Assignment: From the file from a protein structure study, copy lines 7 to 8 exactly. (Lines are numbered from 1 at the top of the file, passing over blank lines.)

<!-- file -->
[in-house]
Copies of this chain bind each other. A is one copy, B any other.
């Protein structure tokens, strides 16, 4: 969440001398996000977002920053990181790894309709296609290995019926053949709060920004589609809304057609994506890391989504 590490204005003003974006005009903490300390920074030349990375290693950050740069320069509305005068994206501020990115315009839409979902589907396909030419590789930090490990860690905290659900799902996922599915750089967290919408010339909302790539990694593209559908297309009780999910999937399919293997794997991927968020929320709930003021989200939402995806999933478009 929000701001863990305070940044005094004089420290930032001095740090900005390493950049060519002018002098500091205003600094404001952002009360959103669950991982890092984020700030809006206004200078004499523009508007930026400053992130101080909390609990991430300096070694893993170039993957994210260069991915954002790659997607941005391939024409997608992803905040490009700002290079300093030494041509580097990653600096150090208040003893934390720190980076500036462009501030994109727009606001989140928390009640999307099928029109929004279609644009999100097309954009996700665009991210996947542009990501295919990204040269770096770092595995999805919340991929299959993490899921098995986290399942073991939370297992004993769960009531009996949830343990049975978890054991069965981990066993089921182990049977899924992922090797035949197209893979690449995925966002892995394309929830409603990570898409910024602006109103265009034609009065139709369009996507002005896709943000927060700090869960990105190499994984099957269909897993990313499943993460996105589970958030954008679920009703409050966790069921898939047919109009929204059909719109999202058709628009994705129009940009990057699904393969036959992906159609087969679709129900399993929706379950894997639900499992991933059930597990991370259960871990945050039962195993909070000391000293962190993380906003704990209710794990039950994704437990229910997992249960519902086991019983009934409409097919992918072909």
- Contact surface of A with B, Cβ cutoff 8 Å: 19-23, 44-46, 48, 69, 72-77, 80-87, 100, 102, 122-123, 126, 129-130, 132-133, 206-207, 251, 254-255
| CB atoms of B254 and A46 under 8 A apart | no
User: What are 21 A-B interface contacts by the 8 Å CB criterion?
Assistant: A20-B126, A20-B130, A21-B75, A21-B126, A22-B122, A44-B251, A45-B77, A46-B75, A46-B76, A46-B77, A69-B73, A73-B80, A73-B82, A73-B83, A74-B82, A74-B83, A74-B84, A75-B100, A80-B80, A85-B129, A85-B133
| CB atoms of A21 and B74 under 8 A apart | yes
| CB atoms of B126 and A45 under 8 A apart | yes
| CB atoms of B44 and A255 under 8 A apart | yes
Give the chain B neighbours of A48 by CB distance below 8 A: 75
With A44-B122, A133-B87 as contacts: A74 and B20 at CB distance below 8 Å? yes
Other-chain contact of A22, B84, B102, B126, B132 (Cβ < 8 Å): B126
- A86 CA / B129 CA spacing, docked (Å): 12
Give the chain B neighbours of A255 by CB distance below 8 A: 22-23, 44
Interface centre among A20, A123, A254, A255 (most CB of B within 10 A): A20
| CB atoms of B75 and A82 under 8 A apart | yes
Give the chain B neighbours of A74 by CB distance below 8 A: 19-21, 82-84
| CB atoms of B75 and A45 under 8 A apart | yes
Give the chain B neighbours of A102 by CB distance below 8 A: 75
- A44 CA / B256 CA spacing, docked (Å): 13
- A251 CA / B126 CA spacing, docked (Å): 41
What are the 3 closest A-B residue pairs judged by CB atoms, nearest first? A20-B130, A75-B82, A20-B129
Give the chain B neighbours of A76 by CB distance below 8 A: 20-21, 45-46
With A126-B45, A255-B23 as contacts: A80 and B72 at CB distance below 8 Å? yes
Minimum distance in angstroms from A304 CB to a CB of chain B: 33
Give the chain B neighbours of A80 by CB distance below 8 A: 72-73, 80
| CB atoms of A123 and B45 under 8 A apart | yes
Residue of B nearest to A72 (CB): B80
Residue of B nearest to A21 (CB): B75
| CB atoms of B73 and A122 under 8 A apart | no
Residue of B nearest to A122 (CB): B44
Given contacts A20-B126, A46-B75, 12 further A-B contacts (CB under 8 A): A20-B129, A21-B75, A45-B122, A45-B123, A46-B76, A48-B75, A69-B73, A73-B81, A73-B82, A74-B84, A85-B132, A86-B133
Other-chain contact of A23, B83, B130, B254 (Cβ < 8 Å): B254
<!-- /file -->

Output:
Assistant: A20-B126, A20-B130, A21-B75, A21-B126, A22-B122, A44-B251, A45-B77, A46-B75, A46-B76, A46-B77, A69-B73, A73-B80, A73-B82, A73-B83, A74-B82, A74-B83, A74-B84, A75-B100, A80-B80, A85-B129, A85-B133
| CB atoms of A21 and B74 under 8 A apart | yes